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'Fresh approach' plans to deliver 1,200 new council houses by 2032

Plans to relaunch Peterborough City Council's Housing Revenue Account could see 1,200 new homes built in the city by 2032.
Peterborough Council is planning to 'bring a fresh approach to delivering affordable housing' across the city

Approval will need to be given by the council's cabinet at its meeting next Monday (June 21), but it is hoped the Housing Revenue Account (HRA) - which records expenditure and income on running a council’s own housing stock - will relaunch next April.

Peterborough Council is among many local authorities seeking to relaunch its HRA to unlock new funding and investment. It comes after the government changed legislation and relaxed previous restrictions which made it difficult for councils to build new homes.

By building and acquiring its own rental housing stock, the council aims to reduce homelessness and further reduce numbers in temporary accommodation in the city while also increasing the amount of good quality affordable houses for residents.

In the past year, the housing team has reduced its reliance on temporary accommodation from 416 households to 298, and its rough sleeper count has reduced from 37 to six.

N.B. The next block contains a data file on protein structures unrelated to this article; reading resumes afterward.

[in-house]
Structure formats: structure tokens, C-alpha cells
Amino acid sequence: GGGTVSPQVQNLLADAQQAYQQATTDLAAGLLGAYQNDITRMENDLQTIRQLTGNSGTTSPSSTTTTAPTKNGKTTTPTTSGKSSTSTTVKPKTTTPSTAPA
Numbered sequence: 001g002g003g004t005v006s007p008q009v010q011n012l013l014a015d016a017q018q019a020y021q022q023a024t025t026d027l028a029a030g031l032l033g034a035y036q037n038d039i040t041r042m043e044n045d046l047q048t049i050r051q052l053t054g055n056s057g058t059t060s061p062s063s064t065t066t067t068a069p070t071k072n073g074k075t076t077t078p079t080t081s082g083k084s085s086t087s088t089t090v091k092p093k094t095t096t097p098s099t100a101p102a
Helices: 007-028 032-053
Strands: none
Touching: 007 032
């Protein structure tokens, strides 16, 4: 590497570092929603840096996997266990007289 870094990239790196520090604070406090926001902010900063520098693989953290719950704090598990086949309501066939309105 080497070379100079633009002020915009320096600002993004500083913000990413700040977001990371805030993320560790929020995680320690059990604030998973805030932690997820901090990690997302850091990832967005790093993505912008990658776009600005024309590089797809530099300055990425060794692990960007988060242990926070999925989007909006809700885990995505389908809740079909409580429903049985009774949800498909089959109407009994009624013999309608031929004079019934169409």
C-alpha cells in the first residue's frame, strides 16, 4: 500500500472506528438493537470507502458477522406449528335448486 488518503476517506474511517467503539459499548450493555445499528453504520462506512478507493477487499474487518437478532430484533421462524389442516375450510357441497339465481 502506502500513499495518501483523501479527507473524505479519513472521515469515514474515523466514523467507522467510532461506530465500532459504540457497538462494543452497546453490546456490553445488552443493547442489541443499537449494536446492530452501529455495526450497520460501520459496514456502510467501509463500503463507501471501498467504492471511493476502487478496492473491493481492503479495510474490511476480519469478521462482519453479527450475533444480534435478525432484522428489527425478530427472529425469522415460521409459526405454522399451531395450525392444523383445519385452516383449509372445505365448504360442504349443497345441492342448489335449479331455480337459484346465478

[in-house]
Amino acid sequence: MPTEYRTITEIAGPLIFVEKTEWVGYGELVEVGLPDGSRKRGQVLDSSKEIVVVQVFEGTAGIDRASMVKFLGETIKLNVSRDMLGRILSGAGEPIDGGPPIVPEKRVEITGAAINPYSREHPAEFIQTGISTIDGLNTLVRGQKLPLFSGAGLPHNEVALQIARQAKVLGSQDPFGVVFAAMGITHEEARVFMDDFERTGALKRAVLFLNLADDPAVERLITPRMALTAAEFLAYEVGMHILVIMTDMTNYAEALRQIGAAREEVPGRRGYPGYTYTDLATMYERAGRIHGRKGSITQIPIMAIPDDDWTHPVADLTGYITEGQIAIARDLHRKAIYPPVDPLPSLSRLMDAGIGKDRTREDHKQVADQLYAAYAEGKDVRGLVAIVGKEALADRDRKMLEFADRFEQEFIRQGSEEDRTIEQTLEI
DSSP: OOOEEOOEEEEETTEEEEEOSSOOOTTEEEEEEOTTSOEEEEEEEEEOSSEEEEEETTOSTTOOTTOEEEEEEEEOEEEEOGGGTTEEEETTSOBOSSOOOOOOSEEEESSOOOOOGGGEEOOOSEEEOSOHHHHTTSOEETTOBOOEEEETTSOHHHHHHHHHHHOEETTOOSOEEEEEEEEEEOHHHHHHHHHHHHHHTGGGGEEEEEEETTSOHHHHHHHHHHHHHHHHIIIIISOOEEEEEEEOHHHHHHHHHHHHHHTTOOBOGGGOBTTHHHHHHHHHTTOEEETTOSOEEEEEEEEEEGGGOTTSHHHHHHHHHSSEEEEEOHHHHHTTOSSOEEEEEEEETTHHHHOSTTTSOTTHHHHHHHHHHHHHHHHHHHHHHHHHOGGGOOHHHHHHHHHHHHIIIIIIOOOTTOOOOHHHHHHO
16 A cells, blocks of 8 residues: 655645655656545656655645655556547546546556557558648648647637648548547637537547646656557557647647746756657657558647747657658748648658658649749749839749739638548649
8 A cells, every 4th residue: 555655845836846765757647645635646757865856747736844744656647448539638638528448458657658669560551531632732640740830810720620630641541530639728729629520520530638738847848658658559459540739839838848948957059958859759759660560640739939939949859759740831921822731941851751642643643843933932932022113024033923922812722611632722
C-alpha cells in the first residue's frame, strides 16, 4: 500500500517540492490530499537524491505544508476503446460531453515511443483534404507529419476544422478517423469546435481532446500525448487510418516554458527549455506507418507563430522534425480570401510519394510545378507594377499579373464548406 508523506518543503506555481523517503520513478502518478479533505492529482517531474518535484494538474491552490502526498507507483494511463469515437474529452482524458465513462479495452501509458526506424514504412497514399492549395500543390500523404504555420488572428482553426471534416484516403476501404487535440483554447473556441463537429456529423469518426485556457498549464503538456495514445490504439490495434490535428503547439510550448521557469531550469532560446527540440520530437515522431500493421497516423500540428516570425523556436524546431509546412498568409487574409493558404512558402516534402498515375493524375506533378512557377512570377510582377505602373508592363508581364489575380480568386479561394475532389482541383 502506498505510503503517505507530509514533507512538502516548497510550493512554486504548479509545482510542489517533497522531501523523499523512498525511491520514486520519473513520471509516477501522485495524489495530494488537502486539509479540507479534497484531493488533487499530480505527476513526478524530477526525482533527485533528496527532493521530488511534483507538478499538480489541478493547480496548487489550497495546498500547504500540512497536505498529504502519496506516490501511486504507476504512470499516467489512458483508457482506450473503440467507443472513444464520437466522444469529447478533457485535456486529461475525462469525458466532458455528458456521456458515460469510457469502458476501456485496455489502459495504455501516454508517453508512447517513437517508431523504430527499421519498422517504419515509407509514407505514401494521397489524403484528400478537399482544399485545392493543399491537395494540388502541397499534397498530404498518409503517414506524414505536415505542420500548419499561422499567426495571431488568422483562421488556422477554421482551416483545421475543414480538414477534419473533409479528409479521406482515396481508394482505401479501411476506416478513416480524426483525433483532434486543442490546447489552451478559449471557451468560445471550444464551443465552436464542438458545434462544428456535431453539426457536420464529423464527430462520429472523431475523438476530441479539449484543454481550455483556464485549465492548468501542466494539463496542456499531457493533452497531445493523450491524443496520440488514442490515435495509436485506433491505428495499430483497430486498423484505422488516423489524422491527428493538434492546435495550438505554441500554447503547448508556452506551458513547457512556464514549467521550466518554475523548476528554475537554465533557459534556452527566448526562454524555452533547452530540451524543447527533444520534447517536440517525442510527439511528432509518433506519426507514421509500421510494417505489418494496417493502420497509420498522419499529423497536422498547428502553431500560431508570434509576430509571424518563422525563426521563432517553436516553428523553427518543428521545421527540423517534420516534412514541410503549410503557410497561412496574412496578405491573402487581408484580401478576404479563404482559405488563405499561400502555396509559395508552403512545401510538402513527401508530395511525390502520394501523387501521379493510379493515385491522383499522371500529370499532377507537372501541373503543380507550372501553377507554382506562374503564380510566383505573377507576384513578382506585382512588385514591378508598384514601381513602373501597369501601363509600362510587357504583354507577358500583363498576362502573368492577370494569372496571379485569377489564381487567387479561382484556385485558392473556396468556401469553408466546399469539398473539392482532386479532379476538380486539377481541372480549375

The council's previous housing stock was sold to Cross Keys Homes in 2004/05 because it could not afford the investment needed to improve the stock to the required standard.

At the time, incentives were offered by government that encouraged councils to transfer their stock. Around 81% of tenants supported the decision at the time, as they were able to access improvements as part of the transfer deal.

Steve Allen, cabinet member for housing at Peterborough Council, said: "Providing new council housing will complement the work of our housing association partners in increasing the number of homes available for residents in greatest housing need. 

"We will bring a fresh approach to delivering affordable housing by engaging with local people and stakeholders at the earliest opportunity.

"The homes we intend to build will be low carbon and energy efficient, fitting in with the council’s goal to become carbon zero by 2030. This also has the added benefit of cheaper running costs for tenants."